05
Dec
13

### C = (D x V x F) > R

Recently, I was introduced to The Change Formula:  C = (D x V x F) > R. This business principle affirms that  Change equals Dissatisfaction x Vision x First Steps that is greater than the Resistance. Without being able to envision a new reality, being dissatisfied with status quo and armed with a knowledge of how to get started, change will never happen. But these three must all be present and their combined force must be greater than the resistance that is present.

When I first heard this I thought, “Oh, well, that is interesting.” But a couple of weeks later I found myself referring to the formula. What I began to notice is that failed attempts to produce real change lack at least one of the three being present in sufficient quantities. Most change agents appear to assume that presenting a new vision is enough to produce change. Often, when they find that to be inadequate, they will attack the status quo in an attempt to produce dissatisfaction. But it is possible that people will become dissatisfied with the pressure being placed on them to produce change and the net result is the resistance is actually increased.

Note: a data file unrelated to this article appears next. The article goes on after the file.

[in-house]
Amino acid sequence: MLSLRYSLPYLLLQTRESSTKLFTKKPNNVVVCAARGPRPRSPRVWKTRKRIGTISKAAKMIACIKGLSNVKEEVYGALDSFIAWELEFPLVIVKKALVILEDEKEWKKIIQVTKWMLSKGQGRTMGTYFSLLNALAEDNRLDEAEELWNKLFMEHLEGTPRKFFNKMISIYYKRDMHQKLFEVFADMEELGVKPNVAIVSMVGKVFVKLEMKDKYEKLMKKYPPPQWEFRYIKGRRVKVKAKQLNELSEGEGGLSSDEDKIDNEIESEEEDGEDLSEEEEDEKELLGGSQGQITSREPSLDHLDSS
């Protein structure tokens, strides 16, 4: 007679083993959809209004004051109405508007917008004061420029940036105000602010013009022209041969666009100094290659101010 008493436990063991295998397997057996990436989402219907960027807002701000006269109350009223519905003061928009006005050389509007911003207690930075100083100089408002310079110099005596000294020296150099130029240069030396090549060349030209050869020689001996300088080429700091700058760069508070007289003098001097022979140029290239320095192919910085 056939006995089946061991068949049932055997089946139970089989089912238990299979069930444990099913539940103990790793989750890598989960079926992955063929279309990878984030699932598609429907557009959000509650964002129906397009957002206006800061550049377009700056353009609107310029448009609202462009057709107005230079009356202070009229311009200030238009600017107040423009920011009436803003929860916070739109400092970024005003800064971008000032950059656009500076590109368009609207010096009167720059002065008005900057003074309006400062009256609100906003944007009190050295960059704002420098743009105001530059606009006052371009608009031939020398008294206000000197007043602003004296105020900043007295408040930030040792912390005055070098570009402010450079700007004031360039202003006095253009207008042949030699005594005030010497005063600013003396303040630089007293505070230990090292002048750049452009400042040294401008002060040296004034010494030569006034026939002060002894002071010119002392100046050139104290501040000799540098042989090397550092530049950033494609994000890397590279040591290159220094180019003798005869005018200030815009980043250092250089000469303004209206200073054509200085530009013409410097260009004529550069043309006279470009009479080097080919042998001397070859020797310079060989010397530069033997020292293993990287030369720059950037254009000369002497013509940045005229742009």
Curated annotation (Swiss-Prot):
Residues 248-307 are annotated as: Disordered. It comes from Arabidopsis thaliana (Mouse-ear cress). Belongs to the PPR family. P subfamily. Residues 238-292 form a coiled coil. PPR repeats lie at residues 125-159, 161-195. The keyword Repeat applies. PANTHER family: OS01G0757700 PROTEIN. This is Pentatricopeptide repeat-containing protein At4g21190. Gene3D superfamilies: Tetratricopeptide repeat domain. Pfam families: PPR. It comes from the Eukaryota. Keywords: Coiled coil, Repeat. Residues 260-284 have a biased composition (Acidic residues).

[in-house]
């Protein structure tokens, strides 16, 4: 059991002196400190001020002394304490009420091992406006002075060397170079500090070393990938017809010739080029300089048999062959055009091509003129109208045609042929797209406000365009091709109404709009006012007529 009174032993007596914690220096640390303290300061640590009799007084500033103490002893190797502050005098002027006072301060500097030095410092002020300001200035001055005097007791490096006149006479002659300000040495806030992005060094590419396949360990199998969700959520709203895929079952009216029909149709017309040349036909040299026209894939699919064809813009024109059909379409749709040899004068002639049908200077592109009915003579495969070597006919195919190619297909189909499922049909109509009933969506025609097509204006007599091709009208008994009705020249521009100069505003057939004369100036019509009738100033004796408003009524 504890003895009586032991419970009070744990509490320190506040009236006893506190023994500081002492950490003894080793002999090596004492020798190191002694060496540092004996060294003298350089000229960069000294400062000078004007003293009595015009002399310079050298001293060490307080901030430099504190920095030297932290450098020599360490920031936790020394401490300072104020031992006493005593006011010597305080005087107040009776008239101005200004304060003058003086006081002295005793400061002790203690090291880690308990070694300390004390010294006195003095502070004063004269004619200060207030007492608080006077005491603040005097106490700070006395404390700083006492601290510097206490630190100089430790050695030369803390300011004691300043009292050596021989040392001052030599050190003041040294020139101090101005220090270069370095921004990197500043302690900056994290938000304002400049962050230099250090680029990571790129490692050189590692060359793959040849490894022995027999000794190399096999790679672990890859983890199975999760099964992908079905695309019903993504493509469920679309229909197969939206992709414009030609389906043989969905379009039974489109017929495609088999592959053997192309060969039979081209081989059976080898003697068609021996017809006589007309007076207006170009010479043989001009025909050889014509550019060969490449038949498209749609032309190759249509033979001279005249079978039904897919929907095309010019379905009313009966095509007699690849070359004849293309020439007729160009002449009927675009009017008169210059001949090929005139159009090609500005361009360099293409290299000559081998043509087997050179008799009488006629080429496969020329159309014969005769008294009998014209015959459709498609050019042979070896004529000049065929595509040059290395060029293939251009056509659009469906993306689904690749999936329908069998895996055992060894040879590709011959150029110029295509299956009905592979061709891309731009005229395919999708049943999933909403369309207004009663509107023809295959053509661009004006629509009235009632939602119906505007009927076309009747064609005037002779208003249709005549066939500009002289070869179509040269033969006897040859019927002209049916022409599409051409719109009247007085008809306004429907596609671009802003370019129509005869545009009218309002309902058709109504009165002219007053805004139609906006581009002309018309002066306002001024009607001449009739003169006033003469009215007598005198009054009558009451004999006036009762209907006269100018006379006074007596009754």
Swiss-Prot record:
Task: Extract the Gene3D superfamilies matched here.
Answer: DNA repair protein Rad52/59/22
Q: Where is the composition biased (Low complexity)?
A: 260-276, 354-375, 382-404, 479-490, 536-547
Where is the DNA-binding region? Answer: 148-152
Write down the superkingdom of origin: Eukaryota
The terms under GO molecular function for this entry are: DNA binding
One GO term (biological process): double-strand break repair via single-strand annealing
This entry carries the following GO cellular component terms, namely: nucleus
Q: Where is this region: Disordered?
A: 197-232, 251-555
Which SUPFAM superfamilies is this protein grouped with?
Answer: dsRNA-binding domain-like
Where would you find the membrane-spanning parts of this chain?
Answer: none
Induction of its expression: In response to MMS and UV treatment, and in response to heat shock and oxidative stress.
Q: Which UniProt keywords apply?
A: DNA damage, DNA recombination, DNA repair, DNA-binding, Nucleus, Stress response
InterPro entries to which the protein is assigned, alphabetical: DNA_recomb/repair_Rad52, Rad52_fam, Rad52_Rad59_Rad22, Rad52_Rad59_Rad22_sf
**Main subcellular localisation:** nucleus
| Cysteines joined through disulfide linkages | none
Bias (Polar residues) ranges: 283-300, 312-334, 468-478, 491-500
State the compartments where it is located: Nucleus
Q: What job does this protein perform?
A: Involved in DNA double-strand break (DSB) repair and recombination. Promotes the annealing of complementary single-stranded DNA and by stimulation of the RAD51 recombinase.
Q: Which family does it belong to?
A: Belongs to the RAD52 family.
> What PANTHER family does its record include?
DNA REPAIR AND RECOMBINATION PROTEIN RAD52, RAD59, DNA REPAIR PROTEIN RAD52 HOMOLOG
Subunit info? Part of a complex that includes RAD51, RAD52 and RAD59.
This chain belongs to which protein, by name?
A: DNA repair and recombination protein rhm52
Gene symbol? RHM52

But the piece of the equation that has really grabbed my attention is the call for “First Steps.” When I first encountered the vision of Church Planting Movements, I lacked clear First Steps to model, coach and mentor others to take who caught the vision and felt the dissatisfaction. Without being able to suggest first steps, I could not catalyze change.

#### 2 Responses to “C = (D x V x F) > R”

1. December 5, 2013 at 4:16 pm

I think you’re right. We tell people why flying is good, the need to fly, and then assume they’ll be able to flap their arms and take off! It’s seen in “Witness is good!” “Witness!” and _____________.

My problem seems to be arriving at First Steps that are too difficult. Perhaps doable for a few but not for most. E.g.

“Bible Study Good” “You must study the Bible” “Here’s how to read Greek”… (at least that’s the implication when preachers say “The Greek says….”.

I suppose the maxim I need to learn and re-learn is that while I’m stimulated by theological finepoints and Big Ideas, on average I won’t go wrong by simplifying things as far as possible while still achieving an acceptable behavioral outcome…

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